The mounting devastation does seem to have an upside, though: A growing number of people are concerned about the climate crisis, and those worries have generated mounting demands for bold efforts to cut emissions and enact systemic changes. Just last week, more than 1.4 million students around the worldvskipped school to participate in a climate strike, inspired by Nobel Peace Prize nominee Greta Thunberg.

"We need to start cooperating and sharing the remaining resources of this planet in a fair way. We need to start living within the planetary boundaries, focus on equity and take a few steps back for the sake of all living species," Thunberg, a 16-year-old from Sweden, wrote on Sunday in a Facebook post targeting adults and policymakers.

"We are just passing on the words of the science," she added. "Our only demand is that you start listening to it. And then start acting."

Reposted with permission from our media associate Common Dreams.

EcoWatch Daily Newsletter

Juvenile hatchery salmon flushed from a tanker truck in San Francisco Bay, California. Ben Moon

That salmon sitting in your neighborhood grocery store's fish counter won't look the same to you after watching Artifishal, a new film from Patagonia.

Read More Show Less
Natdanai Pankong / EyeEm / Getty Images

By Lauren Panoff, MPH, RD

Coconut meat is the white flesh inside a coconut.

Read More Show Less
Sponsored
Arx0nt / Moment / Getty Images

By Taylor Jones, RD

Oats are a highly nutritious grain with many health benefits.

Read More Show Less
Pexels

Get ready to toast bees, butterflies and hummingbirds. National Pollinator Week is June 17-23 and it's a perfect time to celebrate the birds, bugs and lizards that are so essential to the crops we grow, the flowers we smell, and the plants that produce the air we breathe.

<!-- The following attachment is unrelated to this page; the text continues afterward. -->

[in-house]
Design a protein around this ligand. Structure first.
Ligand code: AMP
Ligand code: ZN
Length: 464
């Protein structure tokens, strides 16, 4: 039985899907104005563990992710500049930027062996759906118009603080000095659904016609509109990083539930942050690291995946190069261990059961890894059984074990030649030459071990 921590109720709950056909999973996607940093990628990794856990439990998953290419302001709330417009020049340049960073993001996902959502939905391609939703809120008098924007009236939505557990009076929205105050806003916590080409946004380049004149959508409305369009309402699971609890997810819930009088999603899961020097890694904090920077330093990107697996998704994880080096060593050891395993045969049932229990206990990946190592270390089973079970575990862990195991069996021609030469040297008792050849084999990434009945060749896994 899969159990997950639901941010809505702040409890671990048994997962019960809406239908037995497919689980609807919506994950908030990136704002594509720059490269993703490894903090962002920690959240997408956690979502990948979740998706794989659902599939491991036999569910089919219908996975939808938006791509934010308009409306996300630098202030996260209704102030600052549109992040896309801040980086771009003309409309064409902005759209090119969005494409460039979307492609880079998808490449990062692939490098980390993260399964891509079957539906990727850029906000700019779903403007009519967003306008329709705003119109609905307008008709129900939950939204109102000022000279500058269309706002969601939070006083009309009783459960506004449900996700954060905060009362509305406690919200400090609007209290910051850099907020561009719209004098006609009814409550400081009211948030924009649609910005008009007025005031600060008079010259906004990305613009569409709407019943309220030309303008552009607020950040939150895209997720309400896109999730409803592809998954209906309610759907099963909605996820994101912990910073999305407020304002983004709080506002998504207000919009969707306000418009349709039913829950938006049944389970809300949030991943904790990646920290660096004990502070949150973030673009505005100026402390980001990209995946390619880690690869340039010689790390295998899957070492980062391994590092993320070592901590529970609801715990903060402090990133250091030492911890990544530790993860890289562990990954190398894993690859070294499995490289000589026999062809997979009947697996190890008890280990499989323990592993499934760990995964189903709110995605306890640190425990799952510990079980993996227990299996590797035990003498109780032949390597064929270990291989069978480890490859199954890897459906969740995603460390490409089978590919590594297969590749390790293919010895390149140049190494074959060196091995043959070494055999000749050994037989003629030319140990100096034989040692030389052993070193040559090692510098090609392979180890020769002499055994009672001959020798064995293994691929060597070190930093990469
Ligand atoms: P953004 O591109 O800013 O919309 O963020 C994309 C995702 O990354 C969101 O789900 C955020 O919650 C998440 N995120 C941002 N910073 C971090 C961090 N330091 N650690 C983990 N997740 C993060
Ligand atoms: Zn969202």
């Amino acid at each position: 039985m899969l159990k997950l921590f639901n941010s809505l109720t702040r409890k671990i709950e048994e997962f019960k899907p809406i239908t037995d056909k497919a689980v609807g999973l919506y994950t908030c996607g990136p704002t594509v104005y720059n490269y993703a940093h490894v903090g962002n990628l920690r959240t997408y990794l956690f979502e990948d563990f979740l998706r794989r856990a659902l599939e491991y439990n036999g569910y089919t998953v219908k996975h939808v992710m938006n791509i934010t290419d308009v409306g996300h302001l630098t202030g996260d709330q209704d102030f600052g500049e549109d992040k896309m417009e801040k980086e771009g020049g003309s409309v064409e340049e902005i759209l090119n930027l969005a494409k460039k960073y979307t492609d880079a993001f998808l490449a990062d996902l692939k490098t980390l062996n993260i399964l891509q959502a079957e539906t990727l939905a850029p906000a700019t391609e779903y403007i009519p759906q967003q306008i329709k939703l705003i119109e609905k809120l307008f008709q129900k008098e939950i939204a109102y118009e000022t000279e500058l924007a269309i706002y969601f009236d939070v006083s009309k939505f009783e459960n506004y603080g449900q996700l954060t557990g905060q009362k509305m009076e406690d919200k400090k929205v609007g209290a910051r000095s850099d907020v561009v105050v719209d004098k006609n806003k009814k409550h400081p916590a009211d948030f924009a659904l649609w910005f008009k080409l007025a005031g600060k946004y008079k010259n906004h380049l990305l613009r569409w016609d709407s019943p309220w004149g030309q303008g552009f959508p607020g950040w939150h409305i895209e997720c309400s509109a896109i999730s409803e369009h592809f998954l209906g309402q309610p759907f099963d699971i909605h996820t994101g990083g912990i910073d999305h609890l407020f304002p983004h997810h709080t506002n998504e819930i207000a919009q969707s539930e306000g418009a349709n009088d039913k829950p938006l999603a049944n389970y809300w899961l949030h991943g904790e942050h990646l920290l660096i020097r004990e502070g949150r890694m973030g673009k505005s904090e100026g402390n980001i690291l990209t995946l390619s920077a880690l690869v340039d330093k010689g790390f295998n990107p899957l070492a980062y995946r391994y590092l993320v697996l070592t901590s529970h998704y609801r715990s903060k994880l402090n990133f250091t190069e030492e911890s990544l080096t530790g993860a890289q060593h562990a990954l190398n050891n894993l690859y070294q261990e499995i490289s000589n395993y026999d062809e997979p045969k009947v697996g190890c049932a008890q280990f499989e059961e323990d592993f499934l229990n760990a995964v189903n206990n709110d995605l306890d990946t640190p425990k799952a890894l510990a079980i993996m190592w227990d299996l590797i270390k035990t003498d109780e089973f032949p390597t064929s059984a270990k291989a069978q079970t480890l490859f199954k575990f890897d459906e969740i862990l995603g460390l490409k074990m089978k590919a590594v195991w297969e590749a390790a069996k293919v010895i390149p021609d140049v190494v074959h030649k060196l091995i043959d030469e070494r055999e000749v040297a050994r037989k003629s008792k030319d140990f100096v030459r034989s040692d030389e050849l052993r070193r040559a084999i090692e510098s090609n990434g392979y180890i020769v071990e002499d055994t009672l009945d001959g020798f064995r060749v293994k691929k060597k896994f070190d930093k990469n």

Read More Show Less
Alexander Spatari / Moment / Getty Images

It seems like every day a new diet is declared the healthiest — paleo, ketogenic, Atkins, to name a few — while government agencies regularly release their own recommended dietary guidelines. But there may not be an ideal one-size-fits-all diet, according to a new study.

Read More Show Less
Sponsored
Logging shown as part of a thinning and restoration effort in the Deschutes National Forest in Oregon on Oct. 22, 2014. Oregon Department of Forestry / CC BY 2.0

The U.S Forest Service unveiled a new plan to skirt a major environmental law that requires extensive review for new logging, road building, and mining projects on its nearly 200 million acres of public land. The proposal set off alarm bells for environmental groups, according to Reuters.

Read More Show Less
Maskot / Getty Images

By Kris Gunnars, BSc

It's easy to wonder which foods are healthiest.

Read More Show Less
Homes in Washington, DC's Brookland neighborhood were condemned to clear room for a highway in the 1960s. The community fought back. Brig Cabe / DC Public Library

By Teju Adisa-Farrar & Raul Garcia

In the summer of 1969 a banner hung over a set of condemned homes in what was then the predominantly black and brown Brookland neighborhood in Washington, DC. It read, "White man's roads through black men's homes."

Earlier in the year, the District attempted to condemn the houses to make space for a proposed freeway. The plans proposed a 10-lane freeway, a behemoth of a project that would divide the nation's capital end-to-end and sever iconic Black neighborhoods like Shaw and the U Street Corridor from the rest of the city.

Read More Show Less